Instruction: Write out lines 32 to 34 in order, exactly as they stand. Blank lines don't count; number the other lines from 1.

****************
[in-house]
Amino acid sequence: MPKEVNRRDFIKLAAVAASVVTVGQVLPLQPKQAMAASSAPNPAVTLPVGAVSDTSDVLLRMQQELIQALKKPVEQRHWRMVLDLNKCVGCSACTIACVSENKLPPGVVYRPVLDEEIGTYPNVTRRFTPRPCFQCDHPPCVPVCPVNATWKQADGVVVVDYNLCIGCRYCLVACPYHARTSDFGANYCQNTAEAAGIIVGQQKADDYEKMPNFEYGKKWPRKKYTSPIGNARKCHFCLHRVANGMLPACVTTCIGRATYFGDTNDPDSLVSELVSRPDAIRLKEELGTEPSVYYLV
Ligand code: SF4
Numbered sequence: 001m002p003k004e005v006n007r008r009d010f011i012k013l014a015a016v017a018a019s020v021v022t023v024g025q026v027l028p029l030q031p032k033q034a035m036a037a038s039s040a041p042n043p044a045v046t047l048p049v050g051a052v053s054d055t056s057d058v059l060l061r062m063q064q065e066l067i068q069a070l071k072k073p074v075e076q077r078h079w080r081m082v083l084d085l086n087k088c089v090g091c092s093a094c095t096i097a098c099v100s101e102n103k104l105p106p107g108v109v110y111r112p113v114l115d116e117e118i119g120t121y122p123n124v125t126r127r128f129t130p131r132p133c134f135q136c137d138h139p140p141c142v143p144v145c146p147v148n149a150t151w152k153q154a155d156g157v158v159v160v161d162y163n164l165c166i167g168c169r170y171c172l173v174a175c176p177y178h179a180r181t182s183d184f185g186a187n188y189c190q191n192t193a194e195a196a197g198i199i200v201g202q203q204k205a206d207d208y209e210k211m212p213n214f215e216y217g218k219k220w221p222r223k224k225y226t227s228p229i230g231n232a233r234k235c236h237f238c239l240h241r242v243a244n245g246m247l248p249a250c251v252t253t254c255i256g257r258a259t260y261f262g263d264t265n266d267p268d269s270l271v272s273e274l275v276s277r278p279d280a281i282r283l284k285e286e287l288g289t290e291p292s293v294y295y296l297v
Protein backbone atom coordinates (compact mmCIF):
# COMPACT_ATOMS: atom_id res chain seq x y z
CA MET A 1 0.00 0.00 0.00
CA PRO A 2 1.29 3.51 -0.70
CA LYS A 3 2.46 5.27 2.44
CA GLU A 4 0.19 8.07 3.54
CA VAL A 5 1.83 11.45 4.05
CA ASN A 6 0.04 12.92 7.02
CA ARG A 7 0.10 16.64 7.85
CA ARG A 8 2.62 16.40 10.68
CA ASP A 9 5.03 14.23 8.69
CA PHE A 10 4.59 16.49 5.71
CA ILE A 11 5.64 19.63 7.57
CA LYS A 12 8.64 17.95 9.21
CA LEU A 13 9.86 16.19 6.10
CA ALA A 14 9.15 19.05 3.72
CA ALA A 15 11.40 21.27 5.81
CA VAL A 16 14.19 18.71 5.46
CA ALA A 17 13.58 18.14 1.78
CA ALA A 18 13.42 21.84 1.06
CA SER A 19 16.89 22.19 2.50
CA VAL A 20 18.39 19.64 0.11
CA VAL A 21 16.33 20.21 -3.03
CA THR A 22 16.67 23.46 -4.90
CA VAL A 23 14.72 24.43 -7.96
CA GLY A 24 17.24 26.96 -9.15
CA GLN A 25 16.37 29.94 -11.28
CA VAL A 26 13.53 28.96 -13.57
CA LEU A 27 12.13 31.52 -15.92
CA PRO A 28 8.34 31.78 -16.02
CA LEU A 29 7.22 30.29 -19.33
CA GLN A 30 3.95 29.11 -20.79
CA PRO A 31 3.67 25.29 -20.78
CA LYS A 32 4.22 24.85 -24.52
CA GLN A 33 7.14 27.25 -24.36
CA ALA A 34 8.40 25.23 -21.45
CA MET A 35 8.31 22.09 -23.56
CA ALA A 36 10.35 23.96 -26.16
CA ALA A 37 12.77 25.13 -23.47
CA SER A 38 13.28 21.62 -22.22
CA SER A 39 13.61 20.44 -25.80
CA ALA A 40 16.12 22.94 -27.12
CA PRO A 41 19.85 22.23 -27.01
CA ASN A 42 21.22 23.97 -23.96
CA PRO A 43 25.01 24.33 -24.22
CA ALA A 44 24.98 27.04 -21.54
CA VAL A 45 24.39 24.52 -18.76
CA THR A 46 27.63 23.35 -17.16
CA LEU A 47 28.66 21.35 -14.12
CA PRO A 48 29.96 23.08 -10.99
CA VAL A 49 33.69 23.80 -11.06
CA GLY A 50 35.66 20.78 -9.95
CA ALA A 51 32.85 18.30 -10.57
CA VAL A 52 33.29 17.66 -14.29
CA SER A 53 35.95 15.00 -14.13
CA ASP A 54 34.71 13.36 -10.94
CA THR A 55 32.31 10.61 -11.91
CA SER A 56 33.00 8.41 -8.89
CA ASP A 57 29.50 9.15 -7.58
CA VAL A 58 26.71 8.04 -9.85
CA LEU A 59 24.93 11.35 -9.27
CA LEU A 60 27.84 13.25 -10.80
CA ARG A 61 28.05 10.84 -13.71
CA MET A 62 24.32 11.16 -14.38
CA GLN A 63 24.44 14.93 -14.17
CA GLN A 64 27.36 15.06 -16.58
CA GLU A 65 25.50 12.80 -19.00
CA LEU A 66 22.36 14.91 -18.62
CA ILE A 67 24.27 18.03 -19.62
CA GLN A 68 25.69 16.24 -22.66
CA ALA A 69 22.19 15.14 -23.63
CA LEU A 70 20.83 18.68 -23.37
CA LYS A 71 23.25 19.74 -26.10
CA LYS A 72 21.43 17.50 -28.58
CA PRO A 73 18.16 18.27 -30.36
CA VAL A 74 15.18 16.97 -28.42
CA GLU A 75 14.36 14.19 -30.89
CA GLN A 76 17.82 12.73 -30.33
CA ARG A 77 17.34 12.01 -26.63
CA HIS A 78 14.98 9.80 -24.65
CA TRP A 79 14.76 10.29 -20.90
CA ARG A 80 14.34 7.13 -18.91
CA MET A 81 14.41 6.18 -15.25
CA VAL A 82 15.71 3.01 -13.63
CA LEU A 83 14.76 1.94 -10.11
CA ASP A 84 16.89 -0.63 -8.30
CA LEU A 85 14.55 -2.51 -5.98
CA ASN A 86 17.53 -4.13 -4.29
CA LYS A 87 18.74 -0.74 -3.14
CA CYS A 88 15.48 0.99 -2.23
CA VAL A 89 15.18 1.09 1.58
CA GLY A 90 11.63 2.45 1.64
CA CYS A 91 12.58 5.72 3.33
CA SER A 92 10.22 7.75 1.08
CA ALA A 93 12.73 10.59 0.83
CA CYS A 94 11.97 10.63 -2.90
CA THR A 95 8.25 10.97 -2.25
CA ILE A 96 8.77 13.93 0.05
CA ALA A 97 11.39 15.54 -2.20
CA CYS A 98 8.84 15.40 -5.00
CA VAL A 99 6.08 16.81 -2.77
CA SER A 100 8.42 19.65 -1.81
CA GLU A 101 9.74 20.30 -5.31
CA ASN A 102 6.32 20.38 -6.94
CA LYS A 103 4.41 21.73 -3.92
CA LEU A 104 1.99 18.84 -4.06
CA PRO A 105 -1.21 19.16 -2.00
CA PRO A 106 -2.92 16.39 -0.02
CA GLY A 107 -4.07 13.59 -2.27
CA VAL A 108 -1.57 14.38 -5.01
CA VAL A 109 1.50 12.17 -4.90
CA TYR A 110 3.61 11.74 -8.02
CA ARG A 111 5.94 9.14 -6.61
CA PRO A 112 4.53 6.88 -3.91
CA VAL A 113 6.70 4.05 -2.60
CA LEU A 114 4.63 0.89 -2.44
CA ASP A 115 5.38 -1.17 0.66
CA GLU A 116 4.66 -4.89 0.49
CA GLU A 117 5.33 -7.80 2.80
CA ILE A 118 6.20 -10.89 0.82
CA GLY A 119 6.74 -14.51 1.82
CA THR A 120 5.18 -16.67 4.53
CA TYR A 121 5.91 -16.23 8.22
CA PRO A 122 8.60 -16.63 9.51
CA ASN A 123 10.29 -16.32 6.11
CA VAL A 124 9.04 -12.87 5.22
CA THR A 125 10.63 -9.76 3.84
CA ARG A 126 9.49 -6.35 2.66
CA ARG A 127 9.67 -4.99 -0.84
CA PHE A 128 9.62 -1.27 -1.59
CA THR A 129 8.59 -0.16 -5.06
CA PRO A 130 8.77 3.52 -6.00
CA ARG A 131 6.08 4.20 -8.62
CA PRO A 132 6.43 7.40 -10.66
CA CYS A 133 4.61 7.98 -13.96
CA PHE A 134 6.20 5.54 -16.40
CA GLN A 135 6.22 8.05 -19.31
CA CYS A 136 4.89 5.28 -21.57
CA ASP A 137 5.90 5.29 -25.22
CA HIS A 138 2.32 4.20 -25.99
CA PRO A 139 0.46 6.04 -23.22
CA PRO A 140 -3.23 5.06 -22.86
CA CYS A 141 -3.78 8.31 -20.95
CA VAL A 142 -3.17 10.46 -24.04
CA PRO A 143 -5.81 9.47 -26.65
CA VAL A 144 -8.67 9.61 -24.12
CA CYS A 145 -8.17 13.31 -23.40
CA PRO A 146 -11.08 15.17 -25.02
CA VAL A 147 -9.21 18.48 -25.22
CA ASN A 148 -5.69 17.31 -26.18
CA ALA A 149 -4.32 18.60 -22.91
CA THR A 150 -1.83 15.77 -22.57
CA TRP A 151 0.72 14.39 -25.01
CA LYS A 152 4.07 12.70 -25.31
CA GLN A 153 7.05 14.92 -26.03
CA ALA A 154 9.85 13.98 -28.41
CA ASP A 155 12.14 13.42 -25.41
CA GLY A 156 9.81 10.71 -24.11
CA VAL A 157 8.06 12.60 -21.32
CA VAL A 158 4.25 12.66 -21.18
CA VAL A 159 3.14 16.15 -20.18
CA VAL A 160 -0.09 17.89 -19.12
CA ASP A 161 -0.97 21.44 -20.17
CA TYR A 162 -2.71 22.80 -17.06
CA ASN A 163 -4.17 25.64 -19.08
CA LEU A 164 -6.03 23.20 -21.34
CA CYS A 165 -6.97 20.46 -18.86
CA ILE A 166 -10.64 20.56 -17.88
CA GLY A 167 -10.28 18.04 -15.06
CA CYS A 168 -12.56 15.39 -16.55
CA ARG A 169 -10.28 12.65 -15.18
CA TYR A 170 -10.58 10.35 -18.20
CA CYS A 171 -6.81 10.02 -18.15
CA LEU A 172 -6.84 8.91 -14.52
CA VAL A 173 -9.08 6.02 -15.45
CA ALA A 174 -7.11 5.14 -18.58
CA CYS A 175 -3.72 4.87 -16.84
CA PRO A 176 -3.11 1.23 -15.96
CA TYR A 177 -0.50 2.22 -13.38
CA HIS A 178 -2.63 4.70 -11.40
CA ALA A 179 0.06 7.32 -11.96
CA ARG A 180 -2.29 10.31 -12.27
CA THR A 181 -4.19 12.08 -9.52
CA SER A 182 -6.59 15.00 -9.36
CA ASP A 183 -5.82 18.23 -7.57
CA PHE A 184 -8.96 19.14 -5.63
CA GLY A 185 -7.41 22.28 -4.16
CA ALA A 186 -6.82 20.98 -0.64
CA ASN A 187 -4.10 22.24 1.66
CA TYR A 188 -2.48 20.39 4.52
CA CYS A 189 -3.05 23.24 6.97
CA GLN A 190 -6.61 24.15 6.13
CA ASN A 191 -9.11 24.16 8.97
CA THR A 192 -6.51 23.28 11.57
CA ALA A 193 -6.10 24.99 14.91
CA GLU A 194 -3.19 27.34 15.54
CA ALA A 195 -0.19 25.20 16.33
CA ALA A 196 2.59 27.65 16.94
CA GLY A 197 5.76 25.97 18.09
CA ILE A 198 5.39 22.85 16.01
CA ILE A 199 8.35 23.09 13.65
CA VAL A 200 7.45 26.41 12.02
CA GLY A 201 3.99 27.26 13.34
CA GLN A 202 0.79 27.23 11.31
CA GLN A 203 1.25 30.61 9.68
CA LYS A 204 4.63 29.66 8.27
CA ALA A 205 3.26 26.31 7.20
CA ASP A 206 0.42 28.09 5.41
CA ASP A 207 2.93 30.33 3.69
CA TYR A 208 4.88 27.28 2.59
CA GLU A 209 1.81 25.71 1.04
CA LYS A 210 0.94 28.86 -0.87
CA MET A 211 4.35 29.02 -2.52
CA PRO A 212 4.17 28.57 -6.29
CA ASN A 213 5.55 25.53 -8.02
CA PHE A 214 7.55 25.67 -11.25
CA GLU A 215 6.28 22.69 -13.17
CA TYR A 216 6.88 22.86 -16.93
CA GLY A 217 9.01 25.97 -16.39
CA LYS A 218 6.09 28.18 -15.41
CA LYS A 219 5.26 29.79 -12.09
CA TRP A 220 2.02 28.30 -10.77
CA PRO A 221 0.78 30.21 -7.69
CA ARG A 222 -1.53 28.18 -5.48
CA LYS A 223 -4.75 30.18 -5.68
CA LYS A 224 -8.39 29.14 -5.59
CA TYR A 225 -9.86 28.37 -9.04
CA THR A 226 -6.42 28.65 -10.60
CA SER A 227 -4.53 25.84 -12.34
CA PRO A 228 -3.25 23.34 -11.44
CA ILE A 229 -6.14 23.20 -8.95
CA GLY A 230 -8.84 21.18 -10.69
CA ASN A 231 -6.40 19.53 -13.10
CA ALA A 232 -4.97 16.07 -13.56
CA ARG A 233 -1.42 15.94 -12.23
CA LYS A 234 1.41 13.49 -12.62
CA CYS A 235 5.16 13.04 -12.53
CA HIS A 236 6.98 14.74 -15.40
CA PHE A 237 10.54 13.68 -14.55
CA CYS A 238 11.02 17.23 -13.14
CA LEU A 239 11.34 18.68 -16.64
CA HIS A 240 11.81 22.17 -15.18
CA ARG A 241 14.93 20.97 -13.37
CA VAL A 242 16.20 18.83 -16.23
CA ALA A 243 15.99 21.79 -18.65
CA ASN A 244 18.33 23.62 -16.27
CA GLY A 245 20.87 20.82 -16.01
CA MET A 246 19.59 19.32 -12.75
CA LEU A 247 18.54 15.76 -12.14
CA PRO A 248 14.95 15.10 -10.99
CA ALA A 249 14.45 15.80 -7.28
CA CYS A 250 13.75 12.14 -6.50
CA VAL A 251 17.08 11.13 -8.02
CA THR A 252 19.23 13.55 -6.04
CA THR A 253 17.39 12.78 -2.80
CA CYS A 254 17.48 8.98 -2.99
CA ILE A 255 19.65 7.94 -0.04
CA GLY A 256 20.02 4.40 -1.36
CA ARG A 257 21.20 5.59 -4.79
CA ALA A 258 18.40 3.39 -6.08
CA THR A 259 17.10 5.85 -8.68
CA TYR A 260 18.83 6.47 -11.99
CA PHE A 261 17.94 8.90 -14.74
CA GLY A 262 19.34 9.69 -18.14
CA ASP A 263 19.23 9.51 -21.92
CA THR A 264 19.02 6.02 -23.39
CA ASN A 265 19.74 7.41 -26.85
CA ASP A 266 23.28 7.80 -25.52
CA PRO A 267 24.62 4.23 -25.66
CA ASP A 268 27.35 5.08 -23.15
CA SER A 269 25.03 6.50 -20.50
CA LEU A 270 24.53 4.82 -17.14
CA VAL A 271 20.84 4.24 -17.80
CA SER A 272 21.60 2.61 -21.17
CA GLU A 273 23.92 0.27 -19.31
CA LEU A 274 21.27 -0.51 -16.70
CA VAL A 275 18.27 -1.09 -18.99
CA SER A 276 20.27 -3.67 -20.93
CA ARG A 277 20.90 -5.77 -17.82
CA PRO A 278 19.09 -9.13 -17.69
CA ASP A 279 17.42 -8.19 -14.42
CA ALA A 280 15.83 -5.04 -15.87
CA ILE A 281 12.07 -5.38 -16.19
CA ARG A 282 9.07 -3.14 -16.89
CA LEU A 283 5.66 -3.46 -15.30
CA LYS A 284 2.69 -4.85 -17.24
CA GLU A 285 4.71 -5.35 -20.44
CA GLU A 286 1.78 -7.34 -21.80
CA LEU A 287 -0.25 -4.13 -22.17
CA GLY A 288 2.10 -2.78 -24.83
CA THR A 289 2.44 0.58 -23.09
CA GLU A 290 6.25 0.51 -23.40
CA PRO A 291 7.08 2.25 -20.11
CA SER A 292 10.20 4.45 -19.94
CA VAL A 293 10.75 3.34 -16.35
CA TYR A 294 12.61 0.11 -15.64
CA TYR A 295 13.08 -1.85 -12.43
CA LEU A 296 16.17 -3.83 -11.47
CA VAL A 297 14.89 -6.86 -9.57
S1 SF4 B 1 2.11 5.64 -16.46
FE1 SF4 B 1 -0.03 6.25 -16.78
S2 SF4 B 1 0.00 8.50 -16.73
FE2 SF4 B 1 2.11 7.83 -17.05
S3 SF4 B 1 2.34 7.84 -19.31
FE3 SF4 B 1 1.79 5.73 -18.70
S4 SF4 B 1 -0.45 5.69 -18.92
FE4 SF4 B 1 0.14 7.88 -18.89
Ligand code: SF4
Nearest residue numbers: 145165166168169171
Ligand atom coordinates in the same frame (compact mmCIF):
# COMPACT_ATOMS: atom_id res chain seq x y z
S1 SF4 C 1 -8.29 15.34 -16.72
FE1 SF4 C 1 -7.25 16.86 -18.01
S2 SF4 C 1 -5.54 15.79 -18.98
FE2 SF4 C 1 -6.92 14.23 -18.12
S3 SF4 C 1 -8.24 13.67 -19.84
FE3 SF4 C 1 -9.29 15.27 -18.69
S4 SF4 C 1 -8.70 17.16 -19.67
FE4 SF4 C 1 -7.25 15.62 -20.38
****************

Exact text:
CA VAL A 26 13.53 28.96 -13.57
CA LEU A 27 12.13 31.52 -15.92
CA PRO A 28 8.34 31.78 -16.02